Other rules have to change if we are going to re-use and recycle our e-waste properly, says Peter Judge
Are you ready for the new WEEE directive? In 18 months, new rules will start to require you to recycle more of your electronic waste – and require vendors to help you do it.
The new directive comes 10 years after the European Union’s first WEEE directive told us where to put our Waste Electrical and Electronic Equipment (WEEE). In those 10 years there has been some progress, but far too much electronic waste still goes into landfill, or abroad where it is processed in hazardous conditions.
Will WEEE targets make a difference?
The new directive, which must be implemented in EU member states by next 15 February, gives everyone the right to take back small electrical devices to the shop to be recycled.
It also sets targets. In three years, it wants 75 percent of e-waste to be recovered and 65 percent of it recycled. This rises to 85 percent recovery in 2020.
But how useful are these targets? They seem to be set in a vacuum, without any relation to other issues, and without those connections, the Directive is of limited use to the people who are working to prevent toxic or ugly dumping of e-waste.
For instance, Askar Sheibani has kept a lot of network equipment out of landfill. His company Comtek takes second-hand network equipment, refurbishes it and sells it with a guarantee. But what he needs is not a new set of targets, but some rules which would help him fight his corner when his business comes under fire.
When the big network companies sell an upgrade, they don’t like it if the old equipment stays in use somewhere else. They think that reduces their sales (even if the kit is picked up by those who couldn’t afford the new stuff). So they use every angle they can to stop companies like Comtek selling the kit they made second-hand, even if it still works perfectly.
Sheibani wants to see other laws adapted so vendors can’t use them to shut down second-hand equipment sales. “Legislation such as The European Trademark law could, for instance, cause green-thinkers to run into trouble as they set about putting the directive into practice across the EU,” he said.
Meanwhile, Computer Aid International is worried about the international angle. The charity sends computers abroad for use in the developing world, and is concerned about the way waste equipment is disposed of in those countries.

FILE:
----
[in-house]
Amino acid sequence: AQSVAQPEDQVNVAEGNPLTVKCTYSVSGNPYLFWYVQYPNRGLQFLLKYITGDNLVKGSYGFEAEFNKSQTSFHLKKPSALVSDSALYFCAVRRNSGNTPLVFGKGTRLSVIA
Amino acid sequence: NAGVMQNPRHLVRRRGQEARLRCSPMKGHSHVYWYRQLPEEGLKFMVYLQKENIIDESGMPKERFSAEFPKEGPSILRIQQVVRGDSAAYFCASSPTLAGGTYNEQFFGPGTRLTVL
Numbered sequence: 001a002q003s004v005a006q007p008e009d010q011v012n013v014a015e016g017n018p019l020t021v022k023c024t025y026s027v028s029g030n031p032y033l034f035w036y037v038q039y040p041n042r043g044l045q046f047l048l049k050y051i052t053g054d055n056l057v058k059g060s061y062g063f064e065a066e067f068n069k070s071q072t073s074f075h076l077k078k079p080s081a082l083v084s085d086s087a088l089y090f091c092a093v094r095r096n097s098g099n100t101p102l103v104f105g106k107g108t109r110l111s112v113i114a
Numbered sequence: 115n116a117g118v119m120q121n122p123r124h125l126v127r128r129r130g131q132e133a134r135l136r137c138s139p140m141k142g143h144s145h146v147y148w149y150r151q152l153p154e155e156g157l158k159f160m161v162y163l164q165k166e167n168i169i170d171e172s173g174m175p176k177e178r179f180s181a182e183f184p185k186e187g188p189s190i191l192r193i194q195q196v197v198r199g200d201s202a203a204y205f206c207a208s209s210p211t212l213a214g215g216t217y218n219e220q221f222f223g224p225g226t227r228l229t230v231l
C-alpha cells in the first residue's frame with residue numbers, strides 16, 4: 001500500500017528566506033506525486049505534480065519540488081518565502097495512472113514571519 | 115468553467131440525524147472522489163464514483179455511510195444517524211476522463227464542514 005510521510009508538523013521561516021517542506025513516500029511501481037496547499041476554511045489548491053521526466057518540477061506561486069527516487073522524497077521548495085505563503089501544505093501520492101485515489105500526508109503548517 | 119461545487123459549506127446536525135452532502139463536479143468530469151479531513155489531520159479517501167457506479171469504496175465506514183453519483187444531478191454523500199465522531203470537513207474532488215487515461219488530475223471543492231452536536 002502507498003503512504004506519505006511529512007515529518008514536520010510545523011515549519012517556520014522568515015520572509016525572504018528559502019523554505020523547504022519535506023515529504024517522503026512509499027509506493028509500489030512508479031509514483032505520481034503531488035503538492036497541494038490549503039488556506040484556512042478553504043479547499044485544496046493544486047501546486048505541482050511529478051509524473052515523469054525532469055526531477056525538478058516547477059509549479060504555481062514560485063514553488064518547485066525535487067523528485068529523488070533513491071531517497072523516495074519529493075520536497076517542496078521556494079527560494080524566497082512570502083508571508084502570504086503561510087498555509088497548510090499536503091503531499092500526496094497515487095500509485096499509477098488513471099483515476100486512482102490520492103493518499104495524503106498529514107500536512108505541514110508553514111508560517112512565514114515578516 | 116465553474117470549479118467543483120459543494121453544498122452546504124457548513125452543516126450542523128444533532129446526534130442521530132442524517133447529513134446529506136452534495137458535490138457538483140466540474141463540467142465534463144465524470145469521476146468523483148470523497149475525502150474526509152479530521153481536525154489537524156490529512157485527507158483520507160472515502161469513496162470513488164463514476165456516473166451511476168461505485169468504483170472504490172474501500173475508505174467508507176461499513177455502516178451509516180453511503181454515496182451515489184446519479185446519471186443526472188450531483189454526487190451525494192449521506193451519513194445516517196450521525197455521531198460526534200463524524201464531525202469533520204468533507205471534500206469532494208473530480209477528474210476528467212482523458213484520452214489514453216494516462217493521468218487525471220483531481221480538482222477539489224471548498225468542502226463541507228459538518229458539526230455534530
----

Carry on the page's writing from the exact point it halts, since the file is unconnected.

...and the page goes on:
At one time the concern was all about illegal shipments of electronics, sent to developing nations to be broken down for chemicals, often in toxic conditions. Now the problem is worse, because those toxic recycling sites still exist, but they have an increased flow of local junk to deal with as well.
“As demand for IT in the developing world is growing exponentially, serious questions need to be asked about what happens when the equipment inevitably becomes waste in these countries,” says Computer Aid International chief executive Tom Davis.
The WEEE Directive’s idea is to put the responsibility onto the producer of the goods, but this Extended Producer Responsibility (EPR) only applies within the EU. Computer Aid has a report out that suggests it should be extended to the developing world, though Davis acknowledges this may not be easy.
“This report recognises that, when developing Extended Producer Responsibility systems, it is vital that local conditions be acknowledged and catered for. It is not a question of simply replicating systems that work in the EU or US.”
Trade is international, and the vast majority of our electronic goods come from abroad, while many return there later in their life. We need an international scheme that is realistic about the motives of vendors, and makes sure that links to other legislation here and abroad don’t sabotage the good ideas of the Directive.
“In a nutshell, the WEEE directive has great intention at its core, but without an effective way to implement it, all that good intention is simply wasted,” says Sheibani.
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